Degradation, Biodegradation and toxicity of Oxo-biodegradable Plastics in the oceans
Type de projet
Durée du projet
S. Stachowski-Haberkorn (LEX)
Context and objective: Of the 300,000 tonnes of plastic waste found today on the surface of the oceans, more than half are made of polyethylene.The degradation of polyethylene (PE) by microorganisms is very slow and even when it is coupled with physicochemical degradation (abrasion, UV, waves, etc.), degradation times exceed several decades in the marine environment. One solution proposed by manufacturers consists of integrating additives that promote the oxidation of PE to make it more accessible to biodegradation: oxo-biodegradable (OXO-bio). The lack of knowledge about this product has led to recent measures banning the marketing of oxo-degradable plastic (OXO) in Europe, OXO being defined by the CEN in TR15351 as “degradation identified as resulting from oxidative cleavage of macromolecules”. Our objective was to provide solid scientific data on the fate of OXO-bio at sea, OXO-biodegradation being defined by the CEN in TR15351 as “degradation resulting from oxidative and cell-mediated phenomena, either simultaneously or successively”. The basis of the project rested on 3 axes to assess (1) abiotic degradation, (2) biodegradation and (3) the possible toxicity of OXO-bio when thrown into the sea.
Experimental approaches: This ambitious project was based on a multidisciplinary approach coupling physics, chemistry and biology. The tests were carried out using 5 industrial films based on low density polyethylene (LDPE) (film 1) additivated or not by pro-oxidants based on Cobalt (Co - film 2); Manganese (Mn - film 3); Co/Mn (film 4); and Mn/Fe (film 5); and mixed with a biobased blend-based polymer (film 6).
We first compared the data on the aging of LDPE in a natural environment, compared to artificial aging, by the action of ultraviolet (UV A and B) and temperature (SEPAP incubator 12.24.H). This process makes it possible to artificially accelerate the physico-chemical degradation processes, which would take several decades in the natural environment in the case of ordinary polymers.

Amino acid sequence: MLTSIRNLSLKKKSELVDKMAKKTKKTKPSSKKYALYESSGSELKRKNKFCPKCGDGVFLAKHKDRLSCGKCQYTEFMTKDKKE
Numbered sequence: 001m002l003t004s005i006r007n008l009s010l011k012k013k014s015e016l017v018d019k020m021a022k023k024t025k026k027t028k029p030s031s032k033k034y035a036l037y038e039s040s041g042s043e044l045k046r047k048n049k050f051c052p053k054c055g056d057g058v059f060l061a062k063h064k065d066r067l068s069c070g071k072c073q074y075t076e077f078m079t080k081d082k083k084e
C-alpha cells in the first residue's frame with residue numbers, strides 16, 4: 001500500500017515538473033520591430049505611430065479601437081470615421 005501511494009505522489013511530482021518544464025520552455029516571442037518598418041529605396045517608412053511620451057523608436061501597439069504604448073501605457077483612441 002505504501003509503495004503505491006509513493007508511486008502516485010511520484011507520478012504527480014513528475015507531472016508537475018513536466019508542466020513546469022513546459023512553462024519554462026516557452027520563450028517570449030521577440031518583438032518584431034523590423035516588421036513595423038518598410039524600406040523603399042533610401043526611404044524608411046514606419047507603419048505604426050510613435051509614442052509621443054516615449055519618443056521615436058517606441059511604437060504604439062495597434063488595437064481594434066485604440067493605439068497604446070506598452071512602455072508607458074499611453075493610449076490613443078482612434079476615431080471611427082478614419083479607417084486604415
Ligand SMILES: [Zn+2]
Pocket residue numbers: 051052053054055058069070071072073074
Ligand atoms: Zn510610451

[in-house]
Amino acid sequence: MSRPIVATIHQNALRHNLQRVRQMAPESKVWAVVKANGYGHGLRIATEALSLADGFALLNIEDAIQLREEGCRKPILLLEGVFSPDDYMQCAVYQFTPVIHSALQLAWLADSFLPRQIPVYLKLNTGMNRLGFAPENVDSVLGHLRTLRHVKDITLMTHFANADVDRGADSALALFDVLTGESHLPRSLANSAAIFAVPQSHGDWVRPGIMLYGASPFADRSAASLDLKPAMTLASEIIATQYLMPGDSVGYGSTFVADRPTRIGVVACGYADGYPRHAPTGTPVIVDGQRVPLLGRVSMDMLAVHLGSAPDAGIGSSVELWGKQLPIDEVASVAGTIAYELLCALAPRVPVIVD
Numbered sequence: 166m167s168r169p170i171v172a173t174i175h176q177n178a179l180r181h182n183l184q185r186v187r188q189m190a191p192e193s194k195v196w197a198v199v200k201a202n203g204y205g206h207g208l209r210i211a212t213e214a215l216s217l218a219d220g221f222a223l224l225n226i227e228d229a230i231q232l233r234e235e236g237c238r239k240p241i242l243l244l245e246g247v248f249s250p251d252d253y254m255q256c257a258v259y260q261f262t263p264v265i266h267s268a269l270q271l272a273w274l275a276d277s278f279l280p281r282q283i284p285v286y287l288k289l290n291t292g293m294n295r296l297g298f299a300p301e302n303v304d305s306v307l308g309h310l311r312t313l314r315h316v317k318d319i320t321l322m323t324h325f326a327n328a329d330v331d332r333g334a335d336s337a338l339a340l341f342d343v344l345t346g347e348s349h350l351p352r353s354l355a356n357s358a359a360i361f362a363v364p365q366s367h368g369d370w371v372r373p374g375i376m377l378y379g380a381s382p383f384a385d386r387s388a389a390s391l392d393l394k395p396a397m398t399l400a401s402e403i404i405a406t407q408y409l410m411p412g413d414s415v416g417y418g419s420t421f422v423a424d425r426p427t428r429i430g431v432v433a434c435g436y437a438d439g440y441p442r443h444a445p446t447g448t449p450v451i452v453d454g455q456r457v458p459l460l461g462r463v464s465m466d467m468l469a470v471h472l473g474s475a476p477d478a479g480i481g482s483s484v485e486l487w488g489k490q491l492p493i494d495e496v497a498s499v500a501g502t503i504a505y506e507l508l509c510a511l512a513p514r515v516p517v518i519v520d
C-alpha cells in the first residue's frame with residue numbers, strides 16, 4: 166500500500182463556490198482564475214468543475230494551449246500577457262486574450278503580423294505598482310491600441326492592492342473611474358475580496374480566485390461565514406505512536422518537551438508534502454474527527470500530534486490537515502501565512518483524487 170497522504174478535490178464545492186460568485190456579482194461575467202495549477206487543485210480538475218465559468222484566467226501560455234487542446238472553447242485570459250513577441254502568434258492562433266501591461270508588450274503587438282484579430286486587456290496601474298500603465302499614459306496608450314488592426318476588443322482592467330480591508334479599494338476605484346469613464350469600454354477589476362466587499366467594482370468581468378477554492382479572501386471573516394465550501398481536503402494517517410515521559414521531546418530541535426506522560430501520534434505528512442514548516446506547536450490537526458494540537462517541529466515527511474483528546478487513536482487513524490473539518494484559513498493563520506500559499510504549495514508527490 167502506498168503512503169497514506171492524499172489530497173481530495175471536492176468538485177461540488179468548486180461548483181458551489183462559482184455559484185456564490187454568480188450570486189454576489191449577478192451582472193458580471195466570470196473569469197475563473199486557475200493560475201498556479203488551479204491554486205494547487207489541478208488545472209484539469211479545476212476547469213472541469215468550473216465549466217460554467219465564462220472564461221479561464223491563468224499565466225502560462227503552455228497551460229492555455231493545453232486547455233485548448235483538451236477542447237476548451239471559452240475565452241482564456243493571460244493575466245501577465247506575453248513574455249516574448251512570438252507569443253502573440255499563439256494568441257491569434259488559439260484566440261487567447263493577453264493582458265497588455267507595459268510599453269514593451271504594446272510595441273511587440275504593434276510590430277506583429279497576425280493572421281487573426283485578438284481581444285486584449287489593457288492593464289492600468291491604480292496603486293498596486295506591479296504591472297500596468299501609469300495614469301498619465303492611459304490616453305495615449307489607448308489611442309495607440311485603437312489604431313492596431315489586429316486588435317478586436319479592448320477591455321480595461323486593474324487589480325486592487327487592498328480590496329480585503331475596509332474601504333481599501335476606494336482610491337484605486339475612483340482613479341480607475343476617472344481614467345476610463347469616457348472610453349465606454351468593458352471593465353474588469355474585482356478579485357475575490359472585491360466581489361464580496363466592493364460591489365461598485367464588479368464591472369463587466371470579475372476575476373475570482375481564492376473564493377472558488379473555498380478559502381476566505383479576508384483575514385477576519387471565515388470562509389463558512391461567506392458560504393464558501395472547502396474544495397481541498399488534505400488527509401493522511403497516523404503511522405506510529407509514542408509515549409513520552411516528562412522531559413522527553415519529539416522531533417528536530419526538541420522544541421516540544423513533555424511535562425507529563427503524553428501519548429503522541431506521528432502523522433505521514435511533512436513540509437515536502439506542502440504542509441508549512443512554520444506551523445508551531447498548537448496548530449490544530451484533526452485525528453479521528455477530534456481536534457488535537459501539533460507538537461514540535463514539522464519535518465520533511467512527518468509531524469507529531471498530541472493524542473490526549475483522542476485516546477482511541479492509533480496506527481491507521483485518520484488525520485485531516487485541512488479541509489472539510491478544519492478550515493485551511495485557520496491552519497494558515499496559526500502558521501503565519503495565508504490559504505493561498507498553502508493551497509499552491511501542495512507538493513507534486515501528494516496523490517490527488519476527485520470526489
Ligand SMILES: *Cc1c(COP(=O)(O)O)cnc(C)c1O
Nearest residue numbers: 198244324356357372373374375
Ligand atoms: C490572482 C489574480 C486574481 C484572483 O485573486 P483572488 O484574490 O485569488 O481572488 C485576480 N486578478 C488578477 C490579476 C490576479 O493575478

Secondly, we tested the biodegradability of the various OXO-bio films using either a pure strain known to degrade PE (Rhodococcus rhodochrous), or a complex bacterial inoculum from the marine environment. Biodegradation has been characterized from the point of view of:
- physics: Atomic Force Microscopy (AFM);
- chemistry : nuclear magnetic resonance (1H NMR), High Resolution Mass Spectrometry coupled with Liquid Chromatography (LC-HRMS) and Fourier Transform Infrared Spectroscopy (FTIR);
- microbiology: confocal and epifluoresence microscopy, flow cytometry, high throughput DNA sequencing, respirometry (O2 and CO2);
- toxicology: biotests carried out from the leachates of the various OXO-bios on embryos or larvae of fish (Dicentrarchus labrax), sea urchins (Paracentrotus lividus), oysters (Crassotrea gigas), ascidians (Phallusia mammillata), cephalochordates (Branchiostoma lanceolatum) and on microalgae (Skeletonema marinoi, Chaetoceros calcitrans, Tetraselmis suecica, Emiliania huxleyi).
Major results: The artificial ageing has shown a crucial role of pro-oxidant additives (Co, Mn and Fe) in the fate of OXO-bio films in the environment. The aging efficiency was more marked on films containing pro-oxidants, compared to PE without pro-oxidants, or to OXO-bio mixed with a hydro-biodegradable polymer. Clear signs of biodegradability have been observed for artificially aged OXO-bio equivalent to natural sunlight exposure of 1 year.
The toxicity of the OXO-bio leachates was found to be nil, with the exception of the Co-based pro-oxidants, thus emphasizing the importance of controlling the composition of the pro-oxidant additives in the formulation of OXO-bios. In the case of Co-based pro-oxidants, toxicity is not however likely at the level at which this pro-oxidant would be used in practice.
Labo LEX : F. Akcha, R. Sussarellu, J. Rouxel
CNRS – LOMIC : J-F. Ghiglione